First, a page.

- Qualified solar water heating equipment for your U.S. residence, including a vacation home. To be eligible for the credit, at least half of the energy used to heat water for the property must be generated by the solar water heating equipment. The equipment must be certified by the nonprofit Solar Rating Certification Corporation or a comparable entity endorsed by the state in which your residence is located. Keep the certification with your tax records. You cannot claim the credit for equipment used to heat a swimming pool or hot tub (that would be too good to be true). Finally, the credit cannot be claimed for a property that is used only as a rental.
Claiming the credit
Keep proof of how much you spend, including any extra amounts for site preparation, assembly, and installation. Also keep a record of when the installation is completed, because you can only claim the credit in the year when that happens. Claim the credit by including Form 5695 (Residential Energy Credits) with your Form 1040.
Additional goodies may be available
You might also be eligible for state and local tax benefits, subsidized state and local financing deals, and utility company rebates. Hopefully the energy savings, together with the federal tax breaks and other available incentives, will justify the cost.
Plus: Expanded credit opportunities for 2016 installations
For 2017 and beyond, the 30% credit is limited to expenditures for qualified solar electricity generating equipment and solar water heating equipment. But for 2016, you could also claim a 30% credit for the following expenditures.
- Wind energy equipment for your U.S. residence (including a vacation home).
- Geothermal heat pump equipment for your U.S. residence (including a vacation home). The equipment must have met the requirements of the Energy Star program that was in effect at the time of purchase.
- Fuel cell electricity generating equipment for your U.S. principal residence. Vacation homes don’t count here. The maximum credit is limited to $500 for each half kilowatt of fuel cell capacity.
You can claim a credit on your 2016 return if the installation of the qualified equipment was completed last year. If you already filed your return without claiming your rightful credit, file an amended return with Form 5695 to cash in.
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by Travis Holum (May 2, 2017) email@example.com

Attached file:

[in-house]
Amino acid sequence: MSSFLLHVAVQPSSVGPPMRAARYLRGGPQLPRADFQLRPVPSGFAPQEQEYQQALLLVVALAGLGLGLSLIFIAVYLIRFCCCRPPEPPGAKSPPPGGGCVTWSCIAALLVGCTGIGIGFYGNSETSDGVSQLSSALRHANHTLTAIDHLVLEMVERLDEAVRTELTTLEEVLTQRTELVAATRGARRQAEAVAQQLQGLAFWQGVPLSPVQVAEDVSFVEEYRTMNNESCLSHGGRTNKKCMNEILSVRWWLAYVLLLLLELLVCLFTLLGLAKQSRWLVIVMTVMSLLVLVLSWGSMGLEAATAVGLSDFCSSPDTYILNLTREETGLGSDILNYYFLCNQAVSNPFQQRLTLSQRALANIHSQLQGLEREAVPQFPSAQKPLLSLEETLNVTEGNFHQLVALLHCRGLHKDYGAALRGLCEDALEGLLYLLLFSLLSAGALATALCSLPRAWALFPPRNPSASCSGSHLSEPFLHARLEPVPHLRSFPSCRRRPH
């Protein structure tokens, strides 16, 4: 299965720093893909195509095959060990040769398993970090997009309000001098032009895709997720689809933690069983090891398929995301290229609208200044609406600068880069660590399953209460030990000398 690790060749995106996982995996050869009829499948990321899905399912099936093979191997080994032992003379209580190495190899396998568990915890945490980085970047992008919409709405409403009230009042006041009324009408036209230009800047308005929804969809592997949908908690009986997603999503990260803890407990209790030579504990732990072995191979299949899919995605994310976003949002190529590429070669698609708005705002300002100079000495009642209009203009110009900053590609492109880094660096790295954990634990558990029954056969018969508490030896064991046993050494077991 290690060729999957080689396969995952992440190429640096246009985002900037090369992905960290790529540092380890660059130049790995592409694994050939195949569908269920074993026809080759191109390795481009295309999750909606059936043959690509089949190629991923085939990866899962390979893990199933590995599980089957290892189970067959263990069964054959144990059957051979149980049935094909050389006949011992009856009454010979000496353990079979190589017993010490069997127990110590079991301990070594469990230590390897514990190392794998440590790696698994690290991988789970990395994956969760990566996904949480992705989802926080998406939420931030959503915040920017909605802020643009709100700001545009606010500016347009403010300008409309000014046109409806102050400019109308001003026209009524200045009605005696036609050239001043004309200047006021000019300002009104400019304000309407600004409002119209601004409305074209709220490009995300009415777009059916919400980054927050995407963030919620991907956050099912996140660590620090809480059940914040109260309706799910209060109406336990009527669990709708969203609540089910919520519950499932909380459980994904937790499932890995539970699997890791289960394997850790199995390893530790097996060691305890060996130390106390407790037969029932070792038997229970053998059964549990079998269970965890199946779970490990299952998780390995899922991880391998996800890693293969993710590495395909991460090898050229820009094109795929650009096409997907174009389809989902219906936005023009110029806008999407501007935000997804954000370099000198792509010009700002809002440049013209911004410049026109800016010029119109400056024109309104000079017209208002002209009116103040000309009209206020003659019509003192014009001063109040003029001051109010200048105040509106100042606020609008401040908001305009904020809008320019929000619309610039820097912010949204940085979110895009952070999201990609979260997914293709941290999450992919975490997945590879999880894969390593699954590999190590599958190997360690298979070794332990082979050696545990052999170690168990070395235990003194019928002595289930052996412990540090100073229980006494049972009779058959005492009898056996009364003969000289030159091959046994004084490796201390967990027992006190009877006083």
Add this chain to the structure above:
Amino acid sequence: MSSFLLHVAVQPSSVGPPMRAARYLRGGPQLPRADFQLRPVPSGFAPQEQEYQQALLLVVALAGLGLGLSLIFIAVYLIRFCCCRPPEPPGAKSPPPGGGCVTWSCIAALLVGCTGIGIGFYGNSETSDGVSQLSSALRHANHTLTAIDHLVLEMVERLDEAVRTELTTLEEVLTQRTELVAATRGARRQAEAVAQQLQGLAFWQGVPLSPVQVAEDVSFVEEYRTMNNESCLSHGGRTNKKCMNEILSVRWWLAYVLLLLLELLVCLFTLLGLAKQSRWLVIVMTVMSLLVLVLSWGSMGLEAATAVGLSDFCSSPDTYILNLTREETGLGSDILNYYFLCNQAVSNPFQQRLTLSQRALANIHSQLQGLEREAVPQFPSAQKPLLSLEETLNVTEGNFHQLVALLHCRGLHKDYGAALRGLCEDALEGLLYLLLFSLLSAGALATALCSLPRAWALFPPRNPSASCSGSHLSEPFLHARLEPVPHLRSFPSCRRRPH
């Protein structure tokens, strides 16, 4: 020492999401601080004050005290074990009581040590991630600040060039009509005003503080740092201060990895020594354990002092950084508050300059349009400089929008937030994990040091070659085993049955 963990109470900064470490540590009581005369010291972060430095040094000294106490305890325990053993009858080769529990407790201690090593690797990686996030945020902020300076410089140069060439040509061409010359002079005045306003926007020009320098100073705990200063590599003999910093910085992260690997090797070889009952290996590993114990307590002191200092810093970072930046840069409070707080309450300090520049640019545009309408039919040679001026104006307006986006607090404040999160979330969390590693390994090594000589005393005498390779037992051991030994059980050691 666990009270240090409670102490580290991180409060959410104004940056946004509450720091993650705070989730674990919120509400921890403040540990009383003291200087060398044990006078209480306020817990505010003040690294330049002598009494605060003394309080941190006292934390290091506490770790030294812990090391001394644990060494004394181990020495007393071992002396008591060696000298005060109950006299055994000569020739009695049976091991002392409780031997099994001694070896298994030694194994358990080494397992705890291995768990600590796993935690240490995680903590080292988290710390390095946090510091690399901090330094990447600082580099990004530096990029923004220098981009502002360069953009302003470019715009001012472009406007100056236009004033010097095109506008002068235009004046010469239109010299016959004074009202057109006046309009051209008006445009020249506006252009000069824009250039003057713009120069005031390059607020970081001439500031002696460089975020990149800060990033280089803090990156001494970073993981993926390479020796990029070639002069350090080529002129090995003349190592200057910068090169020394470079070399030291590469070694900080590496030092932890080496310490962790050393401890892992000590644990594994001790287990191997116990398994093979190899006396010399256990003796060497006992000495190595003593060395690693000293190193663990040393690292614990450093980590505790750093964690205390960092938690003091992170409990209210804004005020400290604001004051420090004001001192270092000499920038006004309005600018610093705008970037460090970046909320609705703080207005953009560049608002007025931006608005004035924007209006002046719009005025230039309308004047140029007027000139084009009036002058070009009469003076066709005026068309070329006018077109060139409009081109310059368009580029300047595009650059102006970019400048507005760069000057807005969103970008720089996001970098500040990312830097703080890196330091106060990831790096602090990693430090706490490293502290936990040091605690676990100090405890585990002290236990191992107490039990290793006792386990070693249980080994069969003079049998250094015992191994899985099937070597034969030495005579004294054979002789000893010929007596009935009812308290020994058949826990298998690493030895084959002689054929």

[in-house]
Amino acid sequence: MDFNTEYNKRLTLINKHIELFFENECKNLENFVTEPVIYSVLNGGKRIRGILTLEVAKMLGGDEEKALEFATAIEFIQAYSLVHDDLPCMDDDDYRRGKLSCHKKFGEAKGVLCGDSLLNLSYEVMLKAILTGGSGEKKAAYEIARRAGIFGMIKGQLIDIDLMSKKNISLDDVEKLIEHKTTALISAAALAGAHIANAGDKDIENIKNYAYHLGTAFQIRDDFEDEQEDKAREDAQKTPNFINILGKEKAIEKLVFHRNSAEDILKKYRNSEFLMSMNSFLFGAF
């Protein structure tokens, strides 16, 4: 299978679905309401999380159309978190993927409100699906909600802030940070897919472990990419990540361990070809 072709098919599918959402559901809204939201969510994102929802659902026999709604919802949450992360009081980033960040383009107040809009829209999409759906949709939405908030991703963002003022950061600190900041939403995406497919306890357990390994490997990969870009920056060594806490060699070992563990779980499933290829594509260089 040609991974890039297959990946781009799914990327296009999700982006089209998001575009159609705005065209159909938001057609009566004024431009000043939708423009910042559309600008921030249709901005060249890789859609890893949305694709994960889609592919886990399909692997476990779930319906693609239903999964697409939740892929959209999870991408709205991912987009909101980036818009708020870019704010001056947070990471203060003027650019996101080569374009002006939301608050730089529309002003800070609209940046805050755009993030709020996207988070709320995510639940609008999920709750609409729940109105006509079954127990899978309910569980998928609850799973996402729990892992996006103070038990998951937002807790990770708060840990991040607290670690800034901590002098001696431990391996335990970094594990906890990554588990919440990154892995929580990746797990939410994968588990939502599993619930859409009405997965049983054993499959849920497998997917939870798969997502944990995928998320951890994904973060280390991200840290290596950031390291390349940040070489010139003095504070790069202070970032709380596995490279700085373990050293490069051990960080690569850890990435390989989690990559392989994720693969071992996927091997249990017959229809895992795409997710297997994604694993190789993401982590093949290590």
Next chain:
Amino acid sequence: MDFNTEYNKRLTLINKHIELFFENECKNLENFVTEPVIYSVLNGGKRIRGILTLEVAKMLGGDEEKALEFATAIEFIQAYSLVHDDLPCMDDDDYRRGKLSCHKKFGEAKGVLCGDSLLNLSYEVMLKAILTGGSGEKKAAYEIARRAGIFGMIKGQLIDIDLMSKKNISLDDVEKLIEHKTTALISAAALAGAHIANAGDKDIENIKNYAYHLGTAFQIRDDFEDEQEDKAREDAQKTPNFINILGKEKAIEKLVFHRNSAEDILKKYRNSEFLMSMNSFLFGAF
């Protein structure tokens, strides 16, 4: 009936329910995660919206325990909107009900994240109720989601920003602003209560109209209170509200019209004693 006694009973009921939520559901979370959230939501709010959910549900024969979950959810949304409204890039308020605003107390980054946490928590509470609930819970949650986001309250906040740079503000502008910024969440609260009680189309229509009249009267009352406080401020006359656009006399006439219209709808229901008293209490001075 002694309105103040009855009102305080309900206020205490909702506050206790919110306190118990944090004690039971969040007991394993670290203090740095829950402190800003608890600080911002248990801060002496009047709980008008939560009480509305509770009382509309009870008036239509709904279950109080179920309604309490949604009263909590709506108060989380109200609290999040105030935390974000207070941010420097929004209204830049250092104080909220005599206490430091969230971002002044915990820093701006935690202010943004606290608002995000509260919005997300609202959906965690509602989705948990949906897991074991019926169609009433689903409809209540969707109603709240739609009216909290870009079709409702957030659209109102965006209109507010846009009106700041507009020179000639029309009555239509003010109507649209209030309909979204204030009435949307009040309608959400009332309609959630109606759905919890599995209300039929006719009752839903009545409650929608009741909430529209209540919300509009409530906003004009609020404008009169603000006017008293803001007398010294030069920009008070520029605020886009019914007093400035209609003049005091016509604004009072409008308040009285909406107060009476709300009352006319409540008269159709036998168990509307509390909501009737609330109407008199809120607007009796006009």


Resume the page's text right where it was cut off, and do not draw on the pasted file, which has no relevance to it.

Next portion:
Solar energy was the single biggest source of new electricity capacity in the United States in 2016 and now makes up over 1% of all electricity generated in the country. And with solar energy now cost-competitive with coal, natural gas, and nuclear in most of the country, the industry is primed for growth in the next decade.
What’s surprising is where all of this solar is being installed. Sure, California is a big solar state, but when you look at the top five solar states per capita, there are some surprisingly solar-friendly states in the nation. The five states with the most solar per capita are Nevada, Utah, Hawaii, California, and Arizona.
Nevada takes the top solar spot
California is by far the biggest solar state, with 18,296 MW of solar capacity having been installed through the end of 2016, according to the Solar Energy Industries Association, enough to power 3 million homes. But it’s not the top solar state per capita.
Nevada actually has the most solar relative to its population, with 745 watts per capita, or nearly three solar panels per person. At peak sunlight, that’s enough to power 67 high-efficiency LED light bulbs. Most of the solar power isn’t on residents’ rooftops; it’s instead in large utility-scale power plants in the Nevada desert. For example, SunPower (NASDAQ: SPWR) has built 150 MW at the Boulder City 1 and 2 power plants, and First Solar (NASDAQ: FSLR) has built the 250 MW Moapa Solar Project near Las Vegas. With plenty of solar resources and the ability to export energy into Southern California’s energy market, Nevada will probably remain near the top of the solar per capita list for years to come.
Utah’s surprisingly sunny energy mix
Second on the list is Utah, with 488 watts per capita, a surprisingly high level for a state that gets very little national attention in solar. And its 1,489 MW of total solar installations will power 292,000 homes, or 40% of all homes in the state. Utah is also the home of Vivint Solar (NYSE: VSLR), one of the biggest residential solar installers in the country, and with lots of solar resources on the southern side of the state, the industry has a bright future there.
Hawaii takes solar energy very seriously
Hawaii is third, with 472 watts of solar per capita, and if you’ve visited the state recently, this is no surprise. Rooftop solar is commonplace, and now islands such as Kauai are pushing toward 100% renewables.
Tesla (NASDAQ: TSLA) has built a solar-plus-storage plant on Kauai, and AES Corporation (NYSE: AES) recently signed a deal to build 28 MW of solar and 100 MWh of energy storage for just $0.11 per kWh, less than the average retail price of electricity in the continental United States. And with Hawaii’s electricity costs about triple the national average –because it burns oil for most electricity — this is a state that could be No. 1 in solar per capita very soon.